Best use of makeup to uglify rather than beautify:

Charlize Theron in "Monster"

Hollywood and glamour. Two institutions that travel together. And of Tinseltown's elite, no young thespian appears more glamorous than South African born Charlize Theron. Haute couture doesn't necessarily translate to critical acclaim, however. So the occasional Hollywood hunk or hottie will choose a role that purposefully de-glamorizes the star in hopes of pleasing that other institution, the Academy. Often a little obscuring makeup, like Nicole Kidman's prosthetic nose in "The Hours," or Ralph Fiennes' prosthetic body in "The English Patient," catches Oscar's attention. This year's most blatant deglam grab for the award spotlight is clearly Theron's puffy, badly complected turn as a serial killing prostitute in "Monster."




 Theron usually appears heavily made up and glammy.

 In "Monster," she's heavily made up and slummy as murderer Aileen Wuornos.

 For comparison, here's the real life Wuornos.

Theron is hardly recognizable as Wournos, the real life murderess who felt her johns deserved to die.

The impressive makeup job involves pads to create puffy eyes and a set of bad teeth. Most striking is the mottled discoloration over Theron's forehead and cheeks. This type of speckling is the classic appearance of melasma, a pesky facial discoloration due to estrogen hormone (from pregnancy & birth control pills) and sun exposure. Though hard to see in most publicity pics, the presence of melasma (seen with Courtney Cox, Cameron Diaz, and Andie MacDowell) is slow to respond to topical fade creams. It also requires serious cover-up to conceal. So it's ironic that makeup is used to create this usually undesirable shading.


Theron certainly is no stranger to the favorable use of face paint. She has depended on the beneficial effects of cover-up for skin issues of her own. Often she is seen covered with a thick coat of foundation. What lurks beneath the surface? Come intrepid investigator, and try not be shocked by what is not seen in "Monster"...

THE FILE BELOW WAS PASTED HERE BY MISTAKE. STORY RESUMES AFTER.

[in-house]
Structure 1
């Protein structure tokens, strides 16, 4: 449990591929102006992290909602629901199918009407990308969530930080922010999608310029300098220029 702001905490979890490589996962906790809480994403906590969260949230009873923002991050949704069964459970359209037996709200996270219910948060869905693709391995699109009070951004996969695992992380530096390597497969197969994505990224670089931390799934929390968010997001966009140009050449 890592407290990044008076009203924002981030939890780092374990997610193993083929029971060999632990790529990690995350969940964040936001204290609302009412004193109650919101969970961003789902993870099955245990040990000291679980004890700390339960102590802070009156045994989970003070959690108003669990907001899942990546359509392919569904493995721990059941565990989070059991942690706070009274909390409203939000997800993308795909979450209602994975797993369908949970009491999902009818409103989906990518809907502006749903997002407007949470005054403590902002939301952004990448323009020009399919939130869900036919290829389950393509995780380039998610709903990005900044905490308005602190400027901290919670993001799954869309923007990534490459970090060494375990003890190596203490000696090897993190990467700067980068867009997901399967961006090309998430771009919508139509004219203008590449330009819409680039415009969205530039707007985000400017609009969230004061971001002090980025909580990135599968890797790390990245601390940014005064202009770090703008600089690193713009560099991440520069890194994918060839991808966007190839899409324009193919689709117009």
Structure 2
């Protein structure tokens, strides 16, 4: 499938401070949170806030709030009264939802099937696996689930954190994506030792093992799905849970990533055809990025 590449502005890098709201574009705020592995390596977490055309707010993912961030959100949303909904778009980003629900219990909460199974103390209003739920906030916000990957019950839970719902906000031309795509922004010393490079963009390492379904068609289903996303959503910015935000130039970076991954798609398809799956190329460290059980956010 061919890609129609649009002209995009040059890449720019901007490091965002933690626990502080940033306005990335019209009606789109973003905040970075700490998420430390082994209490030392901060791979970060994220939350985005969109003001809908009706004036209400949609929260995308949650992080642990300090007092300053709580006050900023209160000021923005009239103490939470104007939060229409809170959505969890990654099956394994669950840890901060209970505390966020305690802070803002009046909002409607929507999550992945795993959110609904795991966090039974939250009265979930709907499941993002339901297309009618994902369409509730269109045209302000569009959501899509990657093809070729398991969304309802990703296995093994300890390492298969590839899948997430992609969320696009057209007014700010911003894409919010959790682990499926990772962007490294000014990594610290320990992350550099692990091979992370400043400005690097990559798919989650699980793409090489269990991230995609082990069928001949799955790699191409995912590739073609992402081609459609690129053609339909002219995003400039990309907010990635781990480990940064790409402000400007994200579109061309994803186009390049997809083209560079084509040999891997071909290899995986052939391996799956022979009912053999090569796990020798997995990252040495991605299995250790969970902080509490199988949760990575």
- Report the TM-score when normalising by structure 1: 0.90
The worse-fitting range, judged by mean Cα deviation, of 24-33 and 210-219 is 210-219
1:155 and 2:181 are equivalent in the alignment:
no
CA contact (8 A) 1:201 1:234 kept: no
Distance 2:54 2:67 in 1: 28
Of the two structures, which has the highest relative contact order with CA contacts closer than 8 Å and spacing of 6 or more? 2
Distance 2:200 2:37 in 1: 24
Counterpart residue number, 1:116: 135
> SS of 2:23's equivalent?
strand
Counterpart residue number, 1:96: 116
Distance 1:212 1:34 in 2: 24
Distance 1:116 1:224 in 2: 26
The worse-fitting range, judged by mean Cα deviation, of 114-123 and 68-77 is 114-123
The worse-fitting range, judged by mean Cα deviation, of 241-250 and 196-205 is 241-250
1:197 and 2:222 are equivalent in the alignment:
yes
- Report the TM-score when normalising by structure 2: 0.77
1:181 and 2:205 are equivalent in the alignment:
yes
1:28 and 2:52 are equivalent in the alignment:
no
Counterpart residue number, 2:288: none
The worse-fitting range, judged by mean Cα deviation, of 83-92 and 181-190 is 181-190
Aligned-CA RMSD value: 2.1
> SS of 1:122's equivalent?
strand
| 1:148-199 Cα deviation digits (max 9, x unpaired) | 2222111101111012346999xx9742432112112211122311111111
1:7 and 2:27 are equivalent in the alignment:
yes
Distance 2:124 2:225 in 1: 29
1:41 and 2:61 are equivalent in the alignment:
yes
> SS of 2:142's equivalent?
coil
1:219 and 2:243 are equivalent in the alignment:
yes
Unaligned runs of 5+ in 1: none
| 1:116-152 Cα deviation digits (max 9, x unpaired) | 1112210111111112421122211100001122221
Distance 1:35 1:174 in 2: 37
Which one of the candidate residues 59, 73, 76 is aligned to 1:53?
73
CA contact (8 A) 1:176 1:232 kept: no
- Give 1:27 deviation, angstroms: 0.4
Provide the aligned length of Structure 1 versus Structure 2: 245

Theron has been featured in the past at for her eye-catching (and benign-appearing) neck mole. She appears to have a triad of facial issues as well. Like many stars who grew up before routine varicella vaccination, Theron shows examples of chicken pox scars. These small, depressed divits are easily hid with makeup and the appropriate lighting. Theron is in great company, given that LOTR star Liv Tyler, fellow Skinnies award winner Demi Moore, and the human phenomenon known throughout the universe as J-Lo have similar facial scars.


Additionally, Theron shows evidence of adult acne, near her mouth and forehead. This epidermal example is epidemic among the elevated echelon of actors. Do movie stars really get more acne than you and I? Given the prevalent presence of pimples in post-pubescent people (meaning: grownups get zits too), it is probably no more common in actors than the general population. However, long hours on the set, very thick face paint, stressful bouts with paparazzi, and active international travel may put them at higher risk.


Female facial hair is as far from vogue as Ugg boots used to be. Most women prefer fur lining their boots, not their faces. Yet many women are prone to cheek, upper lip, and extra bushy brow hair. Hence the huge cottage industry of waxers, electrologists, and laser hair technicians, all united to battle overactive follicles as intensely as the Fellowship of the Ring takes out Orcs. Theron's fine fur is a light color, which is good and bad. Blond facial hair is overall less noticeable and easier to conceal. However, laser hair reduction works best with dark hairs. Vaniqua is a prescription cream that steadily slows facial hair growth in women no matter what the color.


Despite this potpourri of pocks, pimples, and pruned peach fuzz, there seems little chance of slowing Theron's latest career turn. "Monster" has garnered rave reviews, though the film could have saved money showing more of Theron's actual skin rather than hiding it behind monstrous makeup.

Runners up, Best uglifying makeup:



 Robert Downey Jr. with psoriasis, "The Singing Detective,"

 Mel Gibson with a bald cap (!), "The Singing Detective"


© 1996-2008 Vail Reese M.D.

Dr. Reese's office